Days of Heaven (1978): Classic Review

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When viewing the earlier work of any director, it is often interesting to note the creative hallmarks and tendencies manifested within their films which later went on to define their directorial style. Terence Malick is no exception to this, with earlier works like 1974’s Badlands and the subject of this very review, Days of Heaven exemplifying the grandiose themes and characteristic handheld filming style which are such a staple of his best known works, Tree of Life and The Thin Red Line, on a smaller, less heady scale.

His 1978 romance drama Days of Heaven is an exercise in sheer visual poetry. It follows a fresh-faced Richard Gere as Bill, a labourer on a farm in the pre-WWI Texas Panhandle. He convinces his lover Abby (Brooke Adams), with whom he pretends to be siblings to avoid gossip, to marry the wealthy, but dying, farmer (Sam Shepard), who owns the land on which they work. This is following the farmer’s realisation of having fallen in love with Abby, after which he invites her and her ‘siblings’ to stay on at the farm despite their placement coming to an end, and thus she decides to marry him in order to eventually benefit from his estate. It’s impossible to ignore the strikingly spiritual lens through which Malick paints the tale of Bill and Abby, and the love triangle they find themselves in. Every scene is drenched in soft, dream-like pastel hues from the glorious sunsets which feature so heavily in the breathtaking Oscar-winning cinematography Néstor Almendros delivers. It’s no surprise that I keep stumbling upon article after article hailing it as one of the most beautiful films of all time.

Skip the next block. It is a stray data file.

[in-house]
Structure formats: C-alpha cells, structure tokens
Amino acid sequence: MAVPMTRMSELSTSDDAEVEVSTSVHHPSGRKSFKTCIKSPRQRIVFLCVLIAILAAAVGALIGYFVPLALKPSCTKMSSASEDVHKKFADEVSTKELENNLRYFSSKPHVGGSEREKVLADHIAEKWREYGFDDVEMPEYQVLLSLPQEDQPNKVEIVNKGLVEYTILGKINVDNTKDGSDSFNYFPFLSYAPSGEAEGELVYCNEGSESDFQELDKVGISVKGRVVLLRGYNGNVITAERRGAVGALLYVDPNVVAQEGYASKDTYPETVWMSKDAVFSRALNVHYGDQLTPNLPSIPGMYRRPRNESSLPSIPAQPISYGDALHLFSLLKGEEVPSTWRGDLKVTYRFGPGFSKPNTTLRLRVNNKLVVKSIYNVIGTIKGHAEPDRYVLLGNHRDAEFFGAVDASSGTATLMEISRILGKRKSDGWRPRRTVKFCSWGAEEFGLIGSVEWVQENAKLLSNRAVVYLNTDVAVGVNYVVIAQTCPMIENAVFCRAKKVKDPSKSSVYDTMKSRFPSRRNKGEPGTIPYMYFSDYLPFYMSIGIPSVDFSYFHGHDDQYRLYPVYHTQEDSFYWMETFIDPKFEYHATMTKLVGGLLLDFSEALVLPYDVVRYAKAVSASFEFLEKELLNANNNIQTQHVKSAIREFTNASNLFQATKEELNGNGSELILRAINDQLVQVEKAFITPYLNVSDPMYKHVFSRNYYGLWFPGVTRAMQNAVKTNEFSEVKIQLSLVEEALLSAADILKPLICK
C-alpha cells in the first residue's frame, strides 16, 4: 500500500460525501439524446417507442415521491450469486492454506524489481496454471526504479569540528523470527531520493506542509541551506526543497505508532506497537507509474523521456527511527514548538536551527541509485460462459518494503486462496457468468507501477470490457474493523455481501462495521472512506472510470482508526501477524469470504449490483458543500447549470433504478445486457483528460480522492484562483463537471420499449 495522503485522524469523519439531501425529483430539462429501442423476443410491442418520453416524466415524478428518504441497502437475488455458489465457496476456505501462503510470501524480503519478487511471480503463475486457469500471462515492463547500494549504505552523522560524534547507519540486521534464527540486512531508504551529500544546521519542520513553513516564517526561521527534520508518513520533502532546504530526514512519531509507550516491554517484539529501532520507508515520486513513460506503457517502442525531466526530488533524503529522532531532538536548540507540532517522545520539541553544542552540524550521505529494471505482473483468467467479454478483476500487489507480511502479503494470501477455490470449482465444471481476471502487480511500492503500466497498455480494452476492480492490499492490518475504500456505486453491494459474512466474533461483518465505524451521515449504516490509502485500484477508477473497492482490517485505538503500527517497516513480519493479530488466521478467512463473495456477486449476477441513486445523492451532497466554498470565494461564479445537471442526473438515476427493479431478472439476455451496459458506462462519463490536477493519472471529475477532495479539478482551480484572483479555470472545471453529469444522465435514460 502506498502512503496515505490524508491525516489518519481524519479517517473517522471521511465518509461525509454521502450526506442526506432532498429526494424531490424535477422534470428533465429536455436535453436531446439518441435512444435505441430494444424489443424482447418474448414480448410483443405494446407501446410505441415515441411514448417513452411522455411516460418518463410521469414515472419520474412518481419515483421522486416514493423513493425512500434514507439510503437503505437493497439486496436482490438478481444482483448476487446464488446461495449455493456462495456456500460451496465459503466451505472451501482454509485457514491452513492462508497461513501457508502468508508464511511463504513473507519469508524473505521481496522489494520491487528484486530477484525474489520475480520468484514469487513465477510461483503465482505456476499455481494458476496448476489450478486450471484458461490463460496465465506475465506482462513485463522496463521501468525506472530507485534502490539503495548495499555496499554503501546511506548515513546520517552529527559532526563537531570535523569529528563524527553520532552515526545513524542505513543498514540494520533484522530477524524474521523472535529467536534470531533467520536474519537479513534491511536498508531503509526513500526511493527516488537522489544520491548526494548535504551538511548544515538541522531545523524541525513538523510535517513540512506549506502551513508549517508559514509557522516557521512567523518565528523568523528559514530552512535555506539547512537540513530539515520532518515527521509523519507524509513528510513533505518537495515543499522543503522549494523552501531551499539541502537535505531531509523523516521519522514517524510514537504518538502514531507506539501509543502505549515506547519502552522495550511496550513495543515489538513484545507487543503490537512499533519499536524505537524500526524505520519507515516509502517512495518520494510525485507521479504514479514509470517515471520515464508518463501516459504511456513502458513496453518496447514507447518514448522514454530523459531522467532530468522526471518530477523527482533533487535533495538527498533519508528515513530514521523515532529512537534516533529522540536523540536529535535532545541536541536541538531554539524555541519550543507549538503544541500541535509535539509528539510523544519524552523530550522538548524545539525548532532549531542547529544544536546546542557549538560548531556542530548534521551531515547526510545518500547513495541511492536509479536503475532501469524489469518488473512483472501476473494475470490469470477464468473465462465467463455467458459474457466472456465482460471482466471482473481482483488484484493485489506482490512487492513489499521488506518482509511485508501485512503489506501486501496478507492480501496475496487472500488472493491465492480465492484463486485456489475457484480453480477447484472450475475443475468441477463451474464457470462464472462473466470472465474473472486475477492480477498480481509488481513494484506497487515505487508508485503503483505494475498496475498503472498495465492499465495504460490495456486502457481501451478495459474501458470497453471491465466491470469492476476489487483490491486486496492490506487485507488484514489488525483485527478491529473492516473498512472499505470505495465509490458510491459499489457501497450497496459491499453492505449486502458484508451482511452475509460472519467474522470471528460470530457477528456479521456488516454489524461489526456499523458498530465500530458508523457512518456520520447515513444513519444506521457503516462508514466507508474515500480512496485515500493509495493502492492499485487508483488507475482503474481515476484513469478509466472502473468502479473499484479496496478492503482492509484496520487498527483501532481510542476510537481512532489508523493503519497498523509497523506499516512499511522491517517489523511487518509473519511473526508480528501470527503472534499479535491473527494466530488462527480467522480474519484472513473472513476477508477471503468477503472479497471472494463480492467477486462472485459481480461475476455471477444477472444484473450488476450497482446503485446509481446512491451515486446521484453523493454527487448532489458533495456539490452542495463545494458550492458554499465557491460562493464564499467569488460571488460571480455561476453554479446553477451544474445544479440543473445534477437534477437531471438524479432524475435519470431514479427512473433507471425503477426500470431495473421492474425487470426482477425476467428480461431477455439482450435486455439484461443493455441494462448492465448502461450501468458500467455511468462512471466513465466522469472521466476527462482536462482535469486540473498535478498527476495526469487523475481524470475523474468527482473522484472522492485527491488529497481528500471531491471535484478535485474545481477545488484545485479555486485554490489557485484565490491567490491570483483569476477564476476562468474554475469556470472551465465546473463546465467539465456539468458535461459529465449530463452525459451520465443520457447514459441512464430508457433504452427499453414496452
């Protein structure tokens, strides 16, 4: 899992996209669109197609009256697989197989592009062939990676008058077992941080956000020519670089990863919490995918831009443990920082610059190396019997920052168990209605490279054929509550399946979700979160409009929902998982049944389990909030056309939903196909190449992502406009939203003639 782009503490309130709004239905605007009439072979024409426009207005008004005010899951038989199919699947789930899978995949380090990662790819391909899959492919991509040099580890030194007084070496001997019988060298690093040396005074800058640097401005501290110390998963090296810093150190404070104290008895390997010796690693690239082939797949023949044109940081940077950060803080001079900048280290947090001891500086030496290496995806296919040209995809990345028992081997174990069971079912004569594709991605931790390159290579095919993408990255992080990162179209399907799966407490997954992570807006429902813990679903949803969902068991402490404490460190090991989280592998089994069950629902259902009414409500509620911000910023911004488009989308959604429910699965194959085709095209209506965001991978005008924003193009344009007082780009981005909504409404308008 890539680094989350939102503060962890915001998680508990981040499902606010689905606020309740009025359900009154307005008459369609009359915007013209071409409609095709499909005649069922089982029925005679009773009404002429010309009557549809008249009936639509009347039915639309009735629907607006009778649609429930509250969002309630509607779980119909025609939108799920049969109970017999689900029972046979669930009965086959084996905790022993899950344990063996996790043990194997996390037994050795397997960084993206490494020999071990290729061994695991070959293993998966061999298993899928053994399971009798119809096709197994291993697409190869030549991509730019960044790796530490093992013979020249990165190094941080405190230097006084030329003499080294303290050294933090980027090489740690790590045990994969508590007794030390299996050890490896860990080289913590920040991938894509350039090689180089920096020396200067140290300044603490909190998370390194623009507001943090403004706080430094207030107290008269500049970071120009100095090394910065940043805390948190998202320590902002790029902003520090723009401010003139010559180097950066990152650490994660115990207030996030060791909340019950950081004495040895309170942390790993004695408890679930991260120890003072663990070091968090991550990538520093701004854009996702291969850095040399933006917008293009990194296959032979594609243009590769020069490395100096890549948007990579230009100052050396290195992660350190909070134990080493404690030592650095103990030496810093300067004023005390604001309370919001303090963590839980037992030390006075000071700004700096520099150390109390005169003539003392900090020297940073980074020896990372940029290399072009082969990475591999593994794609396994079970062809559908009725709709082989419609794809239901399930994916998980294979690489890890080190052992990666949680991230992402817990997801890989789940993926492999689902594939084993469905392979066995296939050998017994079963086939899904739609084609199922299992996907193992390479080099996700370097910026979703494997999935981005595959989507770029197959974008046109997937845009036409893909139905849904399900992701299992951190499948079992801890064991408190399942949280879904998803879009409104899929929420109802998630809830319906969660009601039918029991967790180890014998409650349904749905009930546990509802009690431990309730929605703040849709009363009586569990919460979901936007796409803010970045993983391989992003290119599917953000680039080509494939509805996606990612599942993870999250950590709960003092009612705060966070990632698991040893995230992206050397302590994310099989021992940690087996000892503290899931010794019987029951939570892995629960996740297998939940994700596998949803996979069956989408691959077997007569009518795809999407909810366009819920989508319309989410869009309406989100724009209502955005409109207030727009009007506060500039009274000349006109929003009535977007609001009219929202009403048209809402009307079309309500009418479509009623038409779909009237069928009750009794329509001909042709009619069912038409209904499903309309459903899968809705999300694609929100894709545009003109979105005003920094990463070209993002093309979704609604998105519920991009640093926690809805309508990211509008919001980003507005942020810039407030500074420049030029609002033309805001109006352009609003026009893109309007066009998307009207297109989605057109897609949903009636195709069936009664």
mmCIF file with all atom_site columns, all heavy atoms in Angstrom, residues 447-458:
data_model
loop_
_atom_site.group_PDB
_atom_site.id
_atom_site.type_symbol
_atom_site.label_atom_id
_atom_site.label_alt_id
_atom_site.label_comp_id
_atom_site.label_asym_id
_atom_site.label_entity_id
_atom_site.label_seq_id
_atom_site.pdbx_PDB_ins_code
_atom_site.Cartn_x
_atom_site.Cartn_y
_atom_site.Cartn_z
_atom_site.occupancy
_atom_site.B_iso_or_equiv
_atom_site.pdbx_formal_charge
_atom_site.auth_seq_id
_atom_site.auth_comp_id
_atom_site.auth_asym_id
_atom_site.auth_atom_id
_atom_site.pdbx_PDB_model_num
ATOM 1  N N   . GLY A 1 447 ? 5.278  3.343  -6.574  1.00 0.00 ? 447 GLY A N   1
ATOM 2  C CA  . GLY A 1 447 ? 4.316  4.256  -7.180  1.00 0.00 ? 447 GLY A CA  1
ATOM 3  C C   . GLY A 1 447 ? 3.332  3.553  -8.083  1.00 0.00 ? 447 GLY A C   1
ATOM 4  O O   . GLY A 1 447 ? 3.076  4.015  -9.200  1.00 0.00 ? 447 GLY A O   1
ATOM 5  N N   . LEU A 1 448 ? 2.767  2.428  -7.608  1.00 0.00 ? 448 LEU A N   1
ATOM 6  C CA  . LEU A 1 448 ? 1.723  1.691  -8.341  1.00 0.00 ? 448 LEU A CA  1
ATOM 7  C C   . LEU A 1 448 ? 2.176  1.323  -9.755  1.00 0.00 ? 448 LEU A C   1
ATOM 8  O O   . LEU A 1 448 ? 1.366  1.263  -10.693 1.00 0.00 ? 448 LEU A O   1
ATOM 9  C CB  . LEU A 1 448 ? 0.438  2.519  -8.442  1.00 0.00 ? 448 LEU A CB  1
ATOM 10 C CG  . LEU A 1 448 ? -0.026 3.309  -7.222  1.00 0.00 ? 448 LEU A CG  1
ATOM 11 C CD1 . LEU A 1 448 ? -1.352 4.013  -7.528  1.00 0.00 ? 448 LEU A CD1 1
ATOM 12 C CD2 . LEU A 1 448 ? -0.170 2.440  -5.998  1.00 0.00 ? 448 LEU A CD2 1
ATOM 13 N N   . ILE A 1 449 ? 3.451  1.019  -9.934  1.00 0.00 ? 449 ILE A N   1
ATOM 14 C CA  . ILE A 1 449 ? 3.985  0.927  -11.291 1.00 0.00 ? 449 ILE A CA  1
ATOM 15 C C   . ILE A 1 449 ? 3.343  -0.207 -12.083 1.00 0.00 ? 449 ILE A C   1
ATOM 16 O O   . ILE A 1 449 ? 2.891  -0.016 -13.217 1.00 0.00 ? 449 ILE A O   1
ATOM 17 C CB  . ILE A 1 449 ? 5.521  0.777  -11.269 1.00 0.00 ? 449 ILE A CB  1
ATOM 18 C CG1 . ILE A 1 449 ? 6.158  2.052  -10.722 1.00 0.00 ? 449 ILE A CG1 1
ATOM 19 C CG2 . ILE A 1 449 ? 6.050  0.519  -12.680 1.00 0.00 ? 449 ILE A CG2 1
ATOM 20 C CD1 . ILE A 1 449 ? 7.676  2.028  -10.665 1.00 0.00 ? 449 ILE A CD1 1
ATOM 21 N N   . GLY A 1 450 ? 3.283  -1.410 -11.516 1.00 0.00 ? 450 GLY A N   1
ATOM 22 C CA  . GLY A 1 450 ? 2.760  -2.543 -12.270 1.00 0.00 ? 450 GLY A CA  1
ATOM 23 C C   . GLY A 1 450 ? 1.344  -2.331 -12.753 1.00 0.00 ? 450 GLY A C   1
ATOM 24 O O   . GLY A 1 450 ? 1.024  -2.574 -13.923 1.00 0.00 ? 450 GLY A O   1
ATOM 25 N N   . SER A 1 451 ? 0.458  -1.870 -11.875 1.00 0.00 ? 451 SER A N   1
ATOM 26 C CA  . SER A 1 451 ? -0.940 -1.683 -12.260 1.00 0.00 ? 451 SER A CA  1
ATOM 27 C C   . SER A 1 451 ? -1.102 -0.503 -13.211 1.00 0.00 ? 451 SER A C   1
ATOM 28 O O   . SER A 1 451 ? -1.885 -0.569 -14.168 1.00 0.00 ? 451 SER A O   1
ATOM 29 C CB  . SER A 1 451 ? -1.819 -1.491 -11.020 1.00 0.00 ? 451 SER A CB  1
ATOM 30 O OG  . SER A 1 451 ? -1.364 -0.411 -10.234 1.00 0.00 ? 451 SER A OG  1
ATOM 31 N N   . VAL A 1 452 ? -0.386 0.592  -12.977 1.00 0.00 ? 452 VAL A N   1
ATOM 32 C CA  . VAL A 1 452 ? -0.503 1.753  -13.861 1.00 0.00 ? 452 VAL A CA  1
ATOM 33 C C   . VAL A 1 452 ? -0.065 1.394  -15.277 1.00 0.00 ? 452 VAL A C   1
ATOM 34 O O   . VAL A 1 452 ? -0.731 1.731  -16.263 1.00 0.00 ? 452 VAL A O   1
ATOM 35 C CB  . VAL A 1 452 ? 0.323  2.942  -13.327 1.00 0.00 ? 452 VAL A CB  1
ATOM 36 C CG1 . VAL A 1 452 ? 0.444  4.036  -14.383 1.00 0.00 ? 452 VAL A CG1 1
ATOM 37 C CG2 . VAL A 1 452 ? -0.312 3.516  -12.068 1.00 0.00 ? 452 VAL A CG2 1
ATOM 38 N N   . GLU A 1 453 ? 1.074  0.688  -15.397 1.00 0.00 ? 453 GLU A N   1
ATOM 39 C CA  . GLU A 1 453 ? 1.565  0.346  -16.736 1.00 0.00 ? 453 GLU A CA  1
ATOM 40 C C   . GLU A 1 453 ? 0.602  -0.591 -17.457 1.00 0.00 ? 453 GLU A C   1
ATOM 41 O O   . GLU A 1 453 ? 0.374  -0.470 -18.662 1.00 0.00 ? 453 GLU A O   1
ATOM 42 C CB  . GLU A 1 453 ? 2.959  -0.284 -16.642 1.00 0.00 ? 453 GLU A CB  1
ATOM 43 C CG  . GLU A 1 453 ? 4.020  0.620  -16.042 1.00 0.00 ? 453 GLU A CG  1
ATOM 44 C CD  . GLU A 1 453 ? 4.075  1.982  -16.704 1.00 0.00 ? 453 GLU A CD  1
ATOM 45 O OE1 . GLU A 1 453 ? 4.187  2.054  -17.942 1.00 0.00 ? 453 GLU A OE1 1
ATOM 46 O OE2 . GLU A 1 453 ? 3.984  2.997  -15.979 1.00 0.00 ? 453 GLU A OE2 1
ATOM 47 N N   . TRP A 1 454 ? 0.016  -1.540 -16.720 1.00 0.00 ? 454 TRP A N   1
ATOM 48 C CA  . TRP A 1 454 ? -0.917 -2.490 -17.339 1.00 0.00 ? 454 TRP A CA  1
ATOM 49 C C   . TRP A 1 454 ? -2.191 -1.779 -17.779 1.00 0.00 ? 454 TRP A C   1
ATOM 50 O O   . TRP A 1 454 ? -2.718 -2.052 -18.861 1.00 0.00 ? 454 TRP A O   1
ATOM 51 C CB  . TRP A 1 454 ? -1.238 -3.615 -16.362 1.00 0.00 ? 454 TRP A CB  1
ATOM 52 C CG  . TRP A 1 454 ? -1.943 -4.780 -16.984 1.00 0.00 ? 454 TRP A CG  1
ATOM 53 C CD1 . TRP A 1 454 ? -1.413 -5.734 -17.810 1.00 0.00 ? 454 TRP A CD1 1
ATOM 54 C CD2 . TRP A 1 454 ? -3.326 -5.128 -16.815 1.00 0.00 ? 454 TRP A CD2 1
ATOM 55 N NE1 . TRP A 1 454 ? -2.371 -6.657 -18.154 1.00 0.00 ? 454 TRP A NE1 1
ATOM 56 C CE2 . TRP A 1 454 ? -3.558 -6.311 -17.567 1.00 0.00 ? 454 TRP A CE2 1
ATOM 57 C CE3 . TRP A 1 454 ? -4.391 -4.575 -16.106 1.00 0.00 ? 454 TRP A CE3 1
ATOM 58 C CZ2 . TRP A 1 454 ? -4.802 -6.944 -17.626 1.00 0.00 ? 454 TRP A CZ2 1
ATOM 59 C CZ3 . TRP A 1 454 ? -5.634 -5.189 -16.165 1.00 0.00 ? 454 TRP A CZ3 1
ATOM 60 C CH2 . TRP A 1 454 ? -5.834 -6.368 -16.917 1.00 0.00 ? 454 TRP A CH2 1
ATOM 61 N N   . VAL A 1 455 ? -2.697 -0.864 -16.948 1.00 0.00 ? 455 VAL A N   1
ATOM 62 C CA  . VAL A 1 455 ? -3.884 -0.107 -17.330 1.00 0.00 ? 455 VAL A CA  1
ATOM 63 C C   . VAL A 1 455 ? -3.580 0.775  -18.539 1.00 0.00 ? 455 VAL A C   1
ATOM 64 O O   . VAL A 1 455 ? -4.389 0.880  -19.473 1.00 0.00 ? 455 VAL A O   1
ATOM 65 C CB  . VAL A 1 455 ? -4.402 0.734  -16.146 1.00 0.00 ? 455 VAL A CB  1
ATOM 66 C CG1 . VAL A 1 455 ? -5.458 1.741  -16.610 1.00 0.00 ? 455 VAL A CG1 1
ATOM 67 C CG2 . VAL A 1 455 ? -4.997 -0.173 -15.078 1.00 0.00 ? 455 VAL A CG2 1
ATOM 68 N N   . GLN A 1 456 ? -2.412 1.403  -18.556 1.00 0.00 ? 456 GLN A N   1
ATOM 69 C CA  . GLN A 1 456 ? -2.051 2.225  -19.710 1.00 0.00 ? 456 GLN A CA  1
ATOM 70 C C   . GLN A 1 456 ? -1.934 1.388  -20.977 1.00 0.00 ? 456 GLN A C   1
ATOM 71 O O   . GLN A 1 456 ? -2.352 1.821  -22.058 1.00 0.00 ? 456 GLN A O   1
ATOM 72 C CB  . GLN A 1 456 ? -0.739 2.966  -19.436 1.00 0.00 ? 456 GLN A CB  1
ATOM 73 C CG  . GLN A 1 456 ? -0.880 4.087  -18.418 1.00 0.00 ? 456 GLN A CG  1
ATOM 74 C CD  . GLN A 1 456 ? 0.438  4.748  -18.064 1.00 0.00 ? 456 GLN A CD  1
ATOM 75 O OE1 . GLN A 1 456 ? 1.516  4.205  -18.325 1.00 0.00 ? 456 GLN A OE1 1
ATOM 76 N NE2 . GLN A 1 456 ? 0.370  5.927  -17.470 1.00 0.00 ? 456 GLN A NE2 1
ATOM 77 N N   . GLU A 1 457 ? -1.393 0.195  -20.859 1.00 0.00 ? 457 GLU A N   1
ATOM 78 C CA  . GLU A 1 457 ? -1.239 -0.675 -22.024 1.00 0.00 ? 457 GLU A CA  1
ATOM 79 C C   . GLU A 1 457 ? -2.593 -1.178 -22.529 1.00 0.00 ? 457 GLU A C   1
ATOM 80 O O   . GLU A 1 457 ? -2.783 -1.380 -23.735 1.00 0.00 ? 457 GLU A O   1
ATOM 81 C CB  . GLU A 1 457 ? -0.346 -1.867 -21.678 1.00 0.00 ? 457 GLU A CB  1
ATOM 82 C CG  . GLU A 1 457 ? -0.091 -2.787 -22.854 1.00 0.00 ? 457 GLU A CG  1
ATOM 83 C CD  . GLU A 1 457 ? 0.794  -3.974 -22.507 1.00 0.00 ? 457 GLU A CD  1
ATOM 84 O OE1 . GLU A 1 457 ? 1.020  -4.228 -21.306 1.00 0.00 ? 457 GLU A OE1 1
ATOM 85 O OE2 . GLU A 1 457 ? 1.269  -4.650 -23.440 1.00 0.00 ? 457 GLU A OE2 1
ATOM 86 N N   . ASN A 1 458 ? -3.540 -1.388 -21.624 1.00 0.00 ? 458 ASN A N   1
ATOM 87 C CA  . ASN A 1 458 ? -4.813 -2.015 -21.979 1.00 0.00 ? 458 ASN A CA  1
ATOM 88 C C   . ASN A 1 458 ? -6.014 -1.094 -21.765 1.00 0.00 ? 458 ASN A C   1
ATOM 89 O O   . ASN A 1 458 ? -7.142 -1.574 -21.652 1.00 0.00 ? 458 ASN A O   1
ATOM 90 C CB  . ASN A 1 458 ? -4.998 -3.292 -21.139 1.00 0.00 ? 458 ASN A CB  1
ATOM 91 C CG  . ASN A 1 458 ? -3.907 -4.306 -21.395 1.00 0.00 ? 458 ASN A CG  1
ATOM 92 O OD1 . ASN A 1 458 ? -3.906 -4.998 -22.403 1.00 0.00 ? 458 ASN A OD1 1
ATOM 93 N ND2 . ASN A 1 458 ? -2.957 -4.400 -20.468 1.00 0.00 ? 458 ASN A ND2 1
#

It goes without saying that the sprawling setting is one of the film’s integral characters, particularly in the film’s climax, during which nature offers an angry and tempestuous commentary on the behaviour of our protagonists. We are certainly given a sense, as this film progresses, of the stoicism and imposing permanence of nature, in comparison to the temporality of fleeting emotions and the crossing of paths. Of course, this isn’t an idea scarcely explored in cinema, but there are few films which approach it with a feeling of such unnerving omnipresence.

Aside from the film’s incredible beauty and thematic brilliance, the pathos of the love triangle is handled excellently, with the voiceover of Bill’s teen sister, Linda, providing a thoughtful and omniscient commentary on proceedings. The predominantly handheld style adds to the surreal, heavenly quality the film possesses, cementing Malick as one of the most philosophical filmmakers of the 20th century. I was also particularly interested in the many angles Malick opts for which view the protagonists from behind or at a distance. In combination with the voiceover narration, this creates a voyeristic lens through which to view the characters, only further enhancing the sense of the immeasurable strength of nature which underpins the film.

Ennio Morricone’s sweeping score was simply incredible in accompanying the nuanced emotions at play and providing even more weight to the events of the narrative. Ultimately, it channels the idea of loss and loneliness that the film deals with and infuses the Texas landscape with even more visual allure. What makes the film so compelling is how obliquely it deals with the plight of the central characters, constantly placing them at a distance through the narration, which feels particularly retrospective at times. Its unmistakable beauty and interesting parallels drawn between love and nature make it one of Malick’s greatest achievements; a film to be revered for its detached, yet immersive narrative approach.

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